In other Wednesday news, Fleenor Security Systems installed an alarm system at my house. This was my parents highly romantic Christmas gift to each other. There have been a rash of break-ins in the neighborhood as people struggle for funds in our present economic crisis. In fact, we learned that our dear friends, the Days, had been burglarized on Tuesday. KRD was especially disappointed that her jewelry box was invaded. In response to this situation a guy name Chuck was at the house all day continually saying “10-4" on his radio. That instilled s a great deal of confidence. I type this all to foil your pending plans of breaking into my house.

Finally, on Wednesday I submitted my term paper on Jack Mezirow’s concept of transformative learning to RGB. I hope to apply Mezirow’s theory to Christian education. The more immediate impact of this paper being completed is that I now have the luxury of reading what I want to for the first time in months.

Wednesday, December 3, 2008

Associated Baptist Press - 12/3/2008

Associated Baptist Press
December 3, 2008 · (08-118)

David Wilkinson, Executive Director
Robert Marus, Acting Managing Editor/Washington Bureau Chief
Bob Allen, Senior Writer

In this issue
Bush administration leaves major mark on faith-based funding, experts say (849 words)
Study says churches with WMU stronger supporters of SBC (550 words)
Opinion: A doomed, reactionary church? (737 words)

Bush administration leaves major mark on faith-based funding, experts say
By Robert Marus

WASHINGTON (ABP) -- President Bush's administration and a host of court rulings have indelibly altered the way that the federal government relates to religious charities, according to an analysis by experts on the subject.

"The heart -- the core -- of the faith-based and community initiative is a commitment to equal treatment of faith-based social-welfare providers," said George Washington University professor Bob Tuttle at a Dec. 2 briefing in Washington. "Now, eight years into this, it doesn't seem like such a radical proposition."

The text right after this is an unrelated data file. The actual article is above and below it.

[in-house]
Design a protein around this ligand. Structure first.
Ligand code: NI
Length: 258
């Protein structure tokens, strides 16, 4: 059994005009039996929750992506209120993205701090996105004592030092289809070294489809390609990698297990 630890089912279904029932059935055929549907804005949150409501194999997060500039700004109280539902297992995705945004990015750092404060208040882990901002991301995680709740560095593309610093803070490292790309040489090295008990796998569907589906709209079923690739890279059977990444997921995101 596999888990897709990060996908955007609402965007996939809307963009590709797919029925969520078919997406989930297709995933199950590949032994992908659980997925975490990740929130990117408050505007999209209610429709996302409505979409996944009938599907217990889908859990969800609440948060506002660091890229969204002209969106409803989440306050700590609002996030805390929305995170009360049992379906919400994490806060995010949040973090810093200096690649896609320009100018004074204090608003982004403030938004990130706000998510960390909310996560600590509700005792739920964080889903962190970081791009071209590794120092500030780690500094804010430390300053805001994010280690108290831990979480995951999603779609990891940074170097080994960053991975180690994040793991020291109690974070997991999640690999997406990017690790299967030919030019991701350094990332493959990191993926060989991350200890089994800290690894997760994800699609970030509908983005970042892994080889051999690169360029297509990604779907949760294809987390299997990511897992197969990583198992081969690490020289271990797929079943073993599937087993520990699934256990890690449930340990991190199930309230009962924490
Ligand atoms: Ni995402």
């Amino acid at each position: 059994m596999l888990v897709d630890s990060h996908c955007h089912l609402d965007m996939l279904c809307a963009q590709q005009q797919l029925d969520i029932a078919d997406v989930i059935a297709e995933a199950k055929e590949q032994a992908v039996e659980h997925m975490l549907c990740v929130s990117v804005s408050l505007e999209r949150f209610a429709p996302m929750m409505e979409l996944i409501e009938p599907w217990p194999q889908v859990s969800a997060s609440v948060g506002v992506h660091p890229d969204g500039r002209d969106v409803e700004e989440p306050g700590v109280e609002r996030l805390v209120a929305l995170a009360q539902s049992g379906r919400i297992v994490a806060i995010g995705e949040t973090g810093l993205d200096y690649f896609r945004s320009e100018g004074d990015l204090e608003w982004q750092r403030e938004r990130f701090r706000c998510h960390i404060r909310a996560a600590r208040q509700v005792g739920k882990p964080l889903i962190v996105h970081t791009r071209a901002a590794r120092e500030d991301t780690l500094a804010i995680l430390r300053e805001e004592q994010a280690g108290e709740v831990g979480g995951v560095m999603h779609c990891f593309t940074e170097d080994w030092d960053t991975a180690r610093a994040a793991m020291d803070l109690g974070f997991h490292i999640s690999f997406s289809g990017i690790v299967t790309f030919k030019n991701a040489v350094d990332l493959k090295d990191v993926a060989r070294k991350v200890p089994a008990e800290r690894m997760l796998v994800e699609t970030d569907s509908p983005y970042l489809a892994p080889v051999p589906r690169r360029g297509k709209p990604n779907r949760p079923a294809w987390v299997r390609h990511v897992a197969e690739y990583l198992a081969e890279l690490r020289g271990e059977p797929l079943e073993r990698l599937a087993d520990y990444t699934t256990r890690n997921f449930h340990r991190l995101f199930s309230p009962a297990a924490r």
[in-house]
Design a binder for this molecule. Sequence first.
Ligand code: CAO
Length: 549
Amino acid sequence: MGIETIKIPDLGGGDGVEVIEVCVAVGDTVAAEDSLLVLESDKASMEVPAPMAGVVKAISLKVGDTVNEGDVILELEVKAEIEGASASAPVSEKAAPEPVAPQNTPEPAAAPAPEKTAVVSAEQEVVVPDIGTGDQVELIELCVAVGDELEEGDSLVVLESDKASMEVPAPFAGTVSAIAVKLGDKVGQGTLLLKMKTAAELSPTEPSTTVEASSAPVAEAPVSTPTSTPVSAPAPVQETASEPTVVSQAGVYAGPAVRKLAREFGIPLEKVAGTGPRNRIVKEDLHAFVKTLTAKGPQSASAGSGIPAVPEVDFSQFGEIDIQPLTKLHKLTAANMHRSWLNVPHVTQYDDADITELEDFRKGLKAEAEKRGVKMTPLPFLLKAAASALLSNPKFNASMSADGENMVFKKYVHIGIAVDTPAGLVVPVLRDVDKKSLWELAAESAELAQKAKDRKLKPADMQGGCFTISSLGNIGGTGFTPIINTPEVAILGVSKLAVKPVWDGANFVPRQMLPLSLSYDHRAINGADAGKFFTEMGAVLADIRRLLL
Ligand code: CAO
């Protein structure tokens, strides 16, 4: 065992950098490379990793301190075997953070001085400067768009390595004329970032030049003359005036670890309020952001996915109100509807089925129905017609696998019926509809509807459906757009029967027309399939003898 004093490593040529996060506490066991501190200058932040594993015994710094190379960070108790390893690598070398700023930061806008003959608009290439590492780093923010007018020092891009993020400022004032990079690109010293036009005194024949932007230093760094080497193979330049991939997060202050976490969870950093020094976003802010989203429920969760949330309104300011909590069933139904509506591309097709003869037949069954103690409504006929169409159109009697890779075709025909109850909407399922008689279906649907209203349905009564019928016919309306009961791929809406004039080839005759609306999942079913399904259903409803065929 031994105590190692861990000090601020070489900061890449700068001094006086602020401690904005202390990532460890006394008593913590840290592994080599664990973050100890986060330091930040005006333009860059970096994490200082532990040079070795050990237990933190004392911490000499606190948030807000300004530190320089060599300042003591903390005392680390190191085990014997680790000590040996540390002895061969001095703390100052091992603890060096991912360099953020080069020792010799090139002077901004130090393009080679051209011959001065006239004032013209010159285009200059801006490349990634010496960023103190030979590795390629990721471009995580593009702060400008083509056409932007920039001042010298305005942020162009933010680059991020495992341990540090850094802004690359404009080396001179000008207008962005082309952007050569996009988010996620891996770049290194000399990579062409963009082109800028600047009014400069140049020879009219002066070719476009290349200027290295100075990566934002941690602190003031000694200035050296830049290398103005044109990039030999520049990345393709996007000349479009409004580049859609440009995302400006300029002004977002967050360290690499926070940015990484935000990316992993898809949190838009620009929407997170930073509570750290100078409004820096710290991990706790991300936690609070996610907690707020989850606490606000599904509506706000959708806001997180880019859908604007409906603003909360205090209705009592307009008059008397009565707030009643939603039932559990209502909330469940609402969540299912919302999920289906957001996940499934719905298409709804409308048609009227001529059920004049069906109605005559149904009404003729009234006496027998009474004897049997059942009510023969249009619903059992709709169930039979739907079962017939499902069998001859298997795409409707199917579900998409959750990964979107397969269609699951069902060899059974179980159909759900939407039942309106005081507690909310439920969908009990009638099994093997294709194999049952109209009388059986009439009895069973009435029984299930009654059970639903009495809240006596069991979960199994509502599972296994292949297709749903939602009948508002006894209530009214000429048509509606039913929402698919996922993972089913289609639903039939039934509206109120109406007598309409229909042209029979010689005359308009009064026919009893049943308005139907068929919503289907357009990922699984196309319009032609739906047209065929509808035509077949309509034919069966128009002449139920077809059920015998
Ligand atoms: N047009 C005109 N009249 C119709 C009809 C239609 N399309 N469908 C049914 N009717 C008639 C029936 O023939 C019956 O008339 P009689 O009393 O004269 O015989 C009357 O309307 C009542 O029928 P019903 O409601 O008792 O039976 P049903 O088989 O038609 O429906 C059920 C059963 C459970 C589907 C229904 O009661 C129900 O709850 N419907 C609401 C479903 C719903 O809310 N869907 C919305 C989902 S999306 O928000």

Tuttle and George Washington Law colleague Chip Lupu spoke to reporters at the release of their annual "State of the Law Report" for the Roundtable on Religion and Social Welfare Policy. The non-partisan educational organization -- a cooperative effort between the Pew Forum on Religion and Public Life and the Rockefeller Institute of Government -- has been tracking Bush's effort to expand government funding for religious charities.

While the report has annually tracked changes in the legal status of government-religious partnerships, this year's report analyzed the cumulative changes in the status of such partnerships since Bush took office.

Tuttle said Bush's effort to boost government funding of religious groups has been largely successful. The success owes, he added, mainly to significant changes over the last 10-12 years in how the federal courts view direct government funding for ostensibly secular social services provided by churches and other deeply religious organizations.

"Because of the way that constitutional law developed in the 1970s and 1980s ... religious organizations were frequently -- not always, but frequently -- excluded from government aid programs," Tuttle said. "But in the 1990s, that began to change."

A series of decisions began to lower the high wall that the courts had placed between church and state in regard to direct government funding for social services. Before the late 1990s, religious groups wishing to qualify for grants from most federal social-service programs had to incorporate separately from the churches that supported them and operate much as secular social-service agencies would.

The courts gradually altered that equation, and the welfare-reform legislation of the late 1990s further expanded government funding of churches.

However, Tuttle noted, "When the Supreme Court says something's permitted, there's a big gap between that permission and something actually happening. And I think when you look at the accomplishments of the faith-based initiative, you have to look at this gap."